Today I’m going to share a super simple way to make your own pad of paper instead of buying one from a store. Practical and Functional, right?
Well, yes, unless of course you do this project the way I did it…the practicality of it all kind of went out the window! *sigh*
My very first “real” post on this blog was about our shopping list system and how, with it, we never run out of butter or other grocery staples. Well, we didn’t run out of butter, but the other day I used the last sheet of paper in the pad that we normally use for our shopping list! And instead of buying a new one I decided I would try my hand at making one.
It turned out great! Totally functional, cuz now we have paper to write our shopping list on again. But not very practical because instead of just walking to the Walgreens on the corner and buying a new pad, I designed a template, printed it out, cut it up, bonded it together, and stuck a magnet on the back. Fun? Yes. Crafty? Yes! Practical? Not so much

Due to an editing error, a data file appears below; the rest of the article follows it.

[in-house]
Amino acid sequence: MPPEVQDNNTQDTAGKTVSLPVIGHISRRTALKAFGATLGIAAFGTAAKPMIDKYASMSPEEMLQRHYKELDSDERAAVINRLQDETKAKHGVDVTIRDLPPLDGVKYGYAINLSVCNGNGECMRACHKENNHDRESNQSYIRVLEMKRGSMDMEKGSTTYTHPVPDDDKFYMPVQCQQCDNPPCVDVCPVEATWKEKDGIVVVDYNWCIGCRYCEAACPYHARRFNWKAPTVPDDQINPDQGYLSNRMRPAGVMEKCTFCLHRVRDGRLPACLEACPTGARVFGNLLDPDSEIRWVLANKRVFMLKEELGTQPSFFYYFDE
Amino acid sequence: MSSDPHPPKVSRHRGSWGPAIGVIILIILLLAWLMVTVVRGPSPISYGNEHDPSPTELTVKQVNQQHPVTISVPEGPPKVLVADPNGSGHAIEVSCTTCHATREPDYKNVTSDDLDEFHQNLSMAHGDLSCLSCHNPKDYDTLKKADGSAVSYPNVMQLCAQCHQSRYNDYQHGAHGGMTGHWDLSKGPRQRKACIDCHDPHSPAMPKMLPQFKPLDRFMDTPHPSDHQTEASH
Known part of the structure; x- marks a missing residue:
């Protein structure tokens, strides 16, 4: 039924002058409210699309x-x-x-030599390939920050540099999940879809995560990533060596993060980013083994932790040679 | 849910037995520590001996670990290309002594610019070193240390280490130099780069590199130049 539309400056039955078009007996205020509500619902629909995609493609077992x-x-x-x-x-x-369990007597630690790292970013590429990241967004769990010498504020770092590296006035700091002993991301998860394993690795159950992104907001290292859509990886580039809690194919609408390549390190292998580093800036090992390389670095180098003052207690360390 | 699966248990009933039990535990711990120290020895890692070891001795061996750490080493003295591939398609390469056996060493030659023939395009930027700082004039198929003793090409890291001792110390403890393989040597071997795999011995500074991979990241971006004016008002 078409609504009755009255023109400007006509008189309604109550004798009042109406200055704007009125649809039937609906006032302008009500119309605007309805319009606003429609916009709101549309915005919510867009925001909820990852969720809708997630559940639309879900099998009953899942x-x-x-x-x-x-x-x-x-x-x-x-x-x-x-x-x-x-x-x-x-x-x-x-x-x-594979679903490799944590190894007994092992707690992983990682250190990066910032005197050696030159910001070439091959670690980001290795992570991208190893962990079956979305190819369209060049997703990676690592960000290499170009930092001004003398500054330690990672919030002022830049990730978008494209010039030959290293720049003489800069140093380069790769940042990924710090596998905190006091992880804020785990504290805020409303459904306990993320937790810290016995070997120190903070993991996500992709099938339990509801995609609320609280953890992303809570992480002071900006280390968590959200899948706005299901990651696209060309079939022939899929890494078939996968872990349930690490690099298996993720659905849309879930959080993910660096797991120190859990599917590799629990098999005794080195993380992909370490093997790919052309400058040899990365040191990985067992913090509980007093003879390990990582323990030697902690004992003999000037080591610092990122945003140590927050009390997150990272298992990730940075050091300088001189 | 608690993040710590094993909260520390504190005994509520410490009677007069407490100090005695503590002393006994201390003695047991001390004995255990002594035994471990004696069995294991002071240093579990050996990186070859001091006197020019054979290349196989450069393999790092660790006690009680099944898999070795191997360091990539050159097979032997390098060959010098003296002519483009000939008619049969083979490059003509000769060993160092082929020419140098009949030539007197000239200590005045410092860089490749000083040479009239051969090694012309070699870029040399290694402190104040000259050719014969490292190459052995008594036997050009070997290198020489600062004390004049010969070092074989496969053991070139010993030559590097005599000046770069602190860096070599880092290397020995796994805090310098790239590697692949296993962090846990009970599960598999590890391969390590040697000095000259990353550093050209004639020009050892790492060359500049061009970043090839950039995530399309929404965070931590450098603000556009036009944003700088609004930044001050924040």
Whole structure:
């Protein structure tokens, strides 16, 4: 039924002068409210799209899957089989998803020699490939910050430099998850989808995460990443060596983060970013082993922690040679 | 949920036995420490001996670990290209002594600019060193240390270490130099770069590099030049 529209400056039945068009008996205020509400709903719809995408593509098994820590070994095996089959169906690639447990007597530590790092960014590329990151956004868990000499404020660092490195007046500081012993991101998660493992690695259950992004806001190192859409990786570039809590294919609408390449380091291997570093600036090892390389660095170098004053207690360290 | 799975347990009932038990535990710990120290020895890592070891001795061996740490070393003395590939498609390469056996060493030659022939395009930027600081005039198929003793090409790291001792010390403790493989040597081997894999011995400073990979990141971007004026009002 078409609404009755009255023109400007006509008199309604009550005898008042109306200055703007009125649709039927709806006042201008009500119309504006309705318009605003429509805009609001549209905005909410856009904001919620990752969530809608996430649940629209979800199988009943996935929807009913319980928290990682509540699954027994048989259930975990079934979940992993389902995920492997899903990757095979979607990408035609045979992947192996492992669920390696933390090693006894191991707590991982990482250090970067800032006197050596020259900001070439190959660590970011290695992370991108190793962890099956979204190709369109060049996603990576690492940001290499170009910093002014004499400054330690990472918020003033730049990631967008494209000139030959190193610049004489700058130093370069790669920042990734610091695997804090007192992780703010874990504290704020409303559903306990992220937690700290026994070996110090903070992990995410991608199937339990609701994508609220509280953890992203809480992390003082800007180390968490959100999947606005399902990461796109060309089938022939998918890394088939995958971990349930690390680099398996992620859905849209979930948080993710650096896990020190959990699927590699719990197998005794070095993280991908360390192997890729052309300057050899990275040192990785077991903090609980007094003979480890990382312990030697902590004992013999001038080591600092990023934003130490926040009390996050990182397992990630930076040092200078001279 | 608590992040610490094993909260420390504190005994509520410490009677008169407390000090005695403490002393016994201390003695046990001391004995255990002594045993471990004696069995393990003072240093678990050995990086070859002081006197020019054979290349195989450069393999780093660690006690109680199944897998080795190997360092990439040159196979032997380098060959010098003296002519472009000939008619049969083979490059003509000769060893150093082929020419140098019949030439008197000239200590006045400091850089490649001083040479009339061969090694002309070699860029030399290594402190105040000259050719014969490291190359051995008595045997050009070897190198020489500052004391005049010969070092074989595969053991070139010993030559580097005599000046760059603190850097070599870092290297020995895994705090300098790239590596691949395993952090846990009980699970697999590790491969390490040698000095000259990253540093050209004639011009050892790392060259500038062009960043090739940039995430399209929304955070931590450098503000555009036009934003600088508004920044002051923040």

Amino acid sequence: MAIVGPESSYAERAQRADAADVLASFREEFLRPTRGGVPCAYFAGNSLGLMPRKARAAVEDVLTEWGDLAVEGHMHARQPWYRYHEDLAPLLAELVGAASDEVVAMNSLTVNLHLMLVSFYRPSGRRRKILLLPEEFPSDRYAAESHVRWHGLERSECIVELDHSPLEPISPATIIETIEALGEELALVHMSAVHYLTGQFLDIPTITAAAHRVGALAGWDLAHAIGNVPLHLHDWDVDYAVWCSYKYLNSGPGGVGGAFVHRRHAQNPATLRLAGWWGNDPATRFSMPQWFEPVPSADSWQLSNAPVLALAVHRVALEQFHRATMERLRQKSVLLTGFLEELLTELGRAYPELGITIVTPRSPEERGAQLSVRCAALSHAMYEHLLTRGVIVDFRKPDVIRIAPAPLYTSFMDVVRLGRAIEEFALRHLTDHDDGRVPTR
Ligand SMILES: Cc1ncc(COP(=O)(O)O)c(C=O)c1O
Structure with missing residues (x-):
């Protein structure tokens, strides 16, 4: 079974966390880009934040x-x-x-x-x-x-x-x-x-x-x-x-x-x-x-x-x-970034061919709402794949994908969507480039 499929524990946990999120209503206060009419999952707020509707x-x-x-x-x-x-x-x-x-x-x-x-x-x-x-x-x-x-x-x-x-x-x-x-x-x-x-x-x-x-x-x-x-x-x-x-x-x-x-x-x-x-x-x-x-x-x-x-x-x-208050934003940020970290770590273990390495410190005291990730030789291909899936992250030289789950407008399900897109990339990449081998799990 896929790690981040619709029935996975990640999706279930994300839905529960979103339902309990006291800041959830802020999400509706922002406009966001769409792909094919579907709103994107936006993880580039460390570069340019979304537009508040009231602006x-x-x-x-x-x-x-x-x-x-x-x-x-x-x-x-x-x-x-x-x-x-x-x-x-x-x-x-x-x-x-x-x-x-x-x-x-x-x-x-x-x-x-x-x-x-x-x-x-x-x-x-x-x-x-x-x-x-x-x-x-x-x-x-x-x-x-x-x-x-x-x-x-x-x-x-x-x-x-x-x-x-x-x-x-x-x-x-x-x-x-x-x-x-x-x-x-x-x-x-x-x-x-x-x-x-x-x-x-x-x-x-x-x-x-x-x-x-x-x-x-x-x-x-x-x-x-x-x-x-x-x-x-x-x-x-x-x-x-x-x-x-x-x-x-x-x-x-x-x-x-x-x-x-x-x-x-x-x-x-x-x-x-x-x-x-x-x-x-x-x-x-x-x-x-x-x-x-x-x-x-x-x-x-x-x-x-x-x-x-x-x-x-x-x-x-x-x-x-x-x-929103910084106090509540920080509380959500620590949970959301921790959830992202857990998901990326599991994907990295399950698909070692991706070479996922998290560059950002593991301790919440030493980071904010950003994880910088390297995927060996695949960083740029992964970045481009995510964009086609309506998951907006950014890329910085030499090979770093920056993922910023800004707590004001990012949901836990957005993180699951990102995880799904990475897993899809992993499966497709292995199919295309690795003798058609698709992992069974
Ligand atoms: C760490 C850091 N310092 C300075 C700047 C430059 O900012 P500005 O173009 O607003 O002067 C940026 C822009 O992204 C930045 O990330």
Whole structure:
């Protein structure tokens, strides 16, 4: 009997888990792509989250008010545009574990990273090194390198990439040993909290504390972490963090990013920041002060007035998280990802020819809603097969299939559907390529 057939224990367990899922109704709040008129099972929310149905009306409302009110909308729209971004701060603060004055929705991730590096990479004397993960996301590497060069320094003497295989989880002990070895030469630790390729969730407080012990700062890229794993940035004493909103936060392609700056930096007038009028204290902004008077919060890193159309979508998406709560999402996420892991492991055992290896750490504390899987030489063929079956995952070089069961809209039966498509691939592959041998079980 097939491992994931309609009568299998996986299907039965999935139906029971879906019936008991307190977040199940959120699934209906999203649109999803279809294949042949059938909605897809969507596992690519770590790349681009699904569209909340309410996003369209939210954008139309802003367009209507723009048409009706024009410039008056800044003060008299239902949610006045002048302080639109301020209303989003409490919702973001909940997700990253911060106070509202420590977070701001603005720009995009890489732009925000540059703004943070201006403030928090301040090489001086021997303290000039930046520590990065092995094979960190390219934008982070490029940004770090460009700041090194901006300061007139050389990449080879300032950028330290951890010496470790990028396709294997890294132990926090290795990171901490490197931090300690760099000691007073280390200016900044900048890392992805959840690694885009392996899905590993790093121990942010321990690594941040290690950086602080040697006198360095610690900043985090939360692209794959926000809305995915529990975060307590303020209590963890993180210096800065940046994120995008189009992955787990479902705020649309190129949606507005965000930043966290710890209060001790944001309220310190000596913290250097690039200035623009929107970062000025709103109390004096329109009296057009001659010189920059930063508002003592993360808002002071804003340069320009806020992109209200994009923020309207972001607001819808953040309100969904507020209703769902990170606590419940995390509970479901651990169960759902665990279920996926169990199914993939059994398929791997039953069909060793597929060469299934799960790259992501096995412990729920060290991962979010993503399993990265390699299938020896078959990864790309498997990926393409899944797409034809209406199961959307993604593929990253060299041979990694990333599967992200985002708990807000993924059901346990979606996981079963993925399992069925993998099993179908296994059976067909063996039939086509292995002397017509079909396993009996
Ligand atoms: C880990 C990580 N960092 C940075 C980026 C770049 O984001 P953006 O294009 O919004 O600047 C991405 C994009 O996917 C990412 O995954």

But if you use some scrap paper you have laying around, this project could definitely be practical, functional, and “green”!
Here’s what you need:
- paper (any size or type)
- rubber cement (or padding compound)
- binder clips
- cardboard or card stock for the backing (optional)
- scrap paper (to protect the first and last sheets from getting icky, also optional)
One very cool thing about this is you can make a pad of paper in any size. If you want a giant sketch pad, just use straight up printer paper. If you want a smaller pad for note taking, cut the printer paper into quarters first. For my pad I designed a little shopping list template that uses a third of a sheet of printer paper. If you like the template you can download it here:
Start by making sure all of your pieces of paper are the same size. If you’re using something as a backing, cut it down to the same size as well. Just FYI, cereal boxes work great as a backing! You can use some scrap paper to protect your first and last sheets from any rubber cement overflow (which I highly recommend). Just cut two pieces of scrap paper to size as well.